Forget for a moment everything you thought you knew about supply chain management. In the midst of a tumultuous era marked by supply chain challenges, global pandemics, geopolitical conflicts, and numerous disruptive events, it's time to bring back the F-word: Forecasting. Yes, forecasting - the fundamental practice that has been unjustly banished to the shadows amidst the chaos.

As the business landscape drastically transformed following COVID-19 and subsequent disruptions, urgent priorities such as maneuvering around capacity constraints, and allocating limited resources such as materials and talent overshadowed basic tenants of supply chain: forecasting and demand planning.

The profound impact of the pandemic on supply chains exposed vulnerabilities and weaknesses that were previously overlooked, and businesses are still grappling with the aftermath, attempting to rebuild and fortify their supply chains against future uncertainties—a resilient supply chain.

We all remember how some products experienced an unprecedented surge in demand. Anticipating higher usage and to reduce the frequency of shopping trips, consumers reacted to the crisis by stocking up on essential CPG goods. However, this buy-ahead behavior created a perceived shortage of essential items like toilet paper and hand soap, which fueled panic-buying among consumers. Moreover, products like bidets and white vinegar witnessed inflated demand as consumers sought alternative solutions.  Meanwhile, other businesses witnessed a complete evaporation of demand. These dynamics created a ripple effect that permeated across various sectors and industries.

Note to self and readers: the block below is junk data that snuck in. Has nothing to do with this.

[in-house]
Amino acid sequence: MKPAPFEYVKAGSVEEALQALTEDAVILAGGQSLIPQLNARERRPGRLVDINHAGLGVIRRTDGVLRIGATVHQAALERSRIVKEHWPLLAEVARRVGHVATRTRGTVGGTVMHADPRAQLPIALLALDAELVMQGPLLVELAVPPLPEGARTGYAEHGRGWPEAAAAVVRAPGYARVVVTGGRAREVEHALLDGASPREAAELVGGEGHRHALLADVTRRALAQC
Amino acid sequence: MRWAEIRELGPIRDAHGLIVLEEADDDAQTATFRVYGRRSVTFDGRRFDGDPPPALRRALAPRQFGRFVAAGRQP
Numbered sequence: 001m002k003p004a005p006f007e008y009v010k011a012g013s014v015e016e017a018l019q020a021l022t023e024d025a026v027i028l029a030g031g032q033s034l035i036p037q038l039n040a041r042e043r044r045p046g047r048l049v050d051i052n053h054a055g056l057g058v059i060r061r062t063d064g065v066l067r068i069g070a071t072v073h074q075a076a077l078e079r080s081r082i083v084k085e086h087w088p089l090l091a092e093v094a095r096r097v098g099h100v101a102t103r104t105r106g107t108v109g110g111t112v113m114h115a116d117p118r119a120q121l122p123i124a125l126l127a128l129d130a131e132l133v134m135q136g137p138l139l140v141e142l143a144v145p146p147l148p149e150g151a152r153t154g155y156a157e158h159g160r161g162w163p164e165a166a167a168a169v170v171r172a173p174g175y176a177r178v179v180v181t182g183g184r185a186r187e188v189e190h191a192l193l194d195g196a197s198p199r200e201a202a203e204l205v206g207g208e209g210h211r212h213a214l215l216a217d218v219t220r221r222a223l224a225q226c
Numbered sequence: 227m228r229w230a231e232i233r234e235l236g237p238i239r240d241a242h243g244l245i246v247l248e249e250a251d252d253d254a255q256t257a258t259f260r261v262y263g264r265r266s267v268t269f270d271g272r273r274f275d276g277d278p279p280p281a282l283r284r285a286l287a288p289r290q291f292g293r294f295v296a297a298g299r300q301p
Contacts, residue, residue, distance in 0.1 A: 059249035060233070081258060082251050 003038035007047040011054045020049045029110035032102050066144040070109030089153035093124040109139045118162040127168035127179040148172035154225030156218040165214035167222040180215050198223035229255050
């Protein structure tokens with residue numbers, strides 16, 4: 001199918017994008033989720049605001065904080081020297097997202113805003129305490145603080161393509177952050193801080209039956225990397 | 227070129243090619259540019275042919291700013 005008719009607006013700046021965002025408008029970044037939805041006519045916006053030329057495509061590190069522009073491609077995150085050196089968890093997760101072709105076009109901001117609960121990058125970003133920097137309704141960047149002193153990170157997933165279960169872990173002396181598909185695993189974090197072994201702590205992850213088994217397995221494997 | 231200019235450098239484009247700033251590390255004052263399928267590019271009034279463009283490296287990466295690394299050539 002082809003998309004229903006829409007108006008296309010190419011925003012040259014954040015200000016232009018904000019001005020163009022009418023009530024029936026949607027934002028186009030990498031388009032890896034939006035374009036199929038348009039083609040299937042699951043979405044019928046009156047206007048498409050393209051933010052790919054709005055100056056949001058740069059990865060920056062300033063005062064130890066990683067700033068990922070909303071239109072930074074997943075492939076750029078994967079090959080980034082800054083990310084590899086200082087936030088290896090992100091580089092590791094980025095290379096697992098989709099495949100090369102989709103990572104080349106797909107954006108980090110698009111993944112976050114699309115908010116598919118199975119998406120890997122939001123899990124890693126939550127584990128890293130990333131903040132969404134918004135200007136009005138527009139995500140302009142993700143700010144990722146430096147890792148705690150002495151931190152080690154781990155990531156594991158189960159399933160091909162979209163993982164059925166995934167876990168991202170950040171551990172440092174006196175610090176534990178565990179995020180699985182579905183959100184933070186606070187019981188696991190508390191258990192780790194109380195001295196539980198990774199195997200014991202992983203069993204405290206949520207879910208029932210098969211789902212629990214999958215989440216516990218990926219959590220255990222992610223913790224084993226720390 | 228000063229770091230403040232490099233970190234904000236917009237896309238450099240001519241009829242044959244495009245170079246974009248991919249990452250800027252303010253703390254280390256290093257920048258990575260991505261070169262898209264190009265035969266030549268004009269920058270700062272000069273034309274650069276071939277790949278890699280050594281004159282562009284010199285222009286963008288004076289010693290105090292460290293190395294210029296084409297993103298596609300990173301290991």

For a number of companies, for example Peloton, the demand was unusually inflated during lockdown restrictions and the closure of gyms, fitness centers, and recreation leagues. Additionally, target consumers were unable to travel, shop or dine out, causing a unique intersection of both available discretionary cash and a desire to feel more connected.  The opposite occurred with brick-and-mortar stores, airlines, restaurants, venues and more. As an example, US passenger miles flown in 2020 Q2 were 12% of 2019 Q2 totals.

Peloton’s unexpected sharp increase in sales created an imbalance of supply and demand, and the company struggled to keep up with orders. Peloton started expanding its manufacturing facilities in anticipation of multi-year growth, but the company’s luck turned all at once after 2021. The drop was nearly as sudden and steep as the company’s rise, and Peloton stock went straight down, losing approximately 80% of its value. Drastic and sudden changes in demand like the one experienced by Peloton highlight the need for demand sensing and effective forecasting – we’ll elaborate more on that below.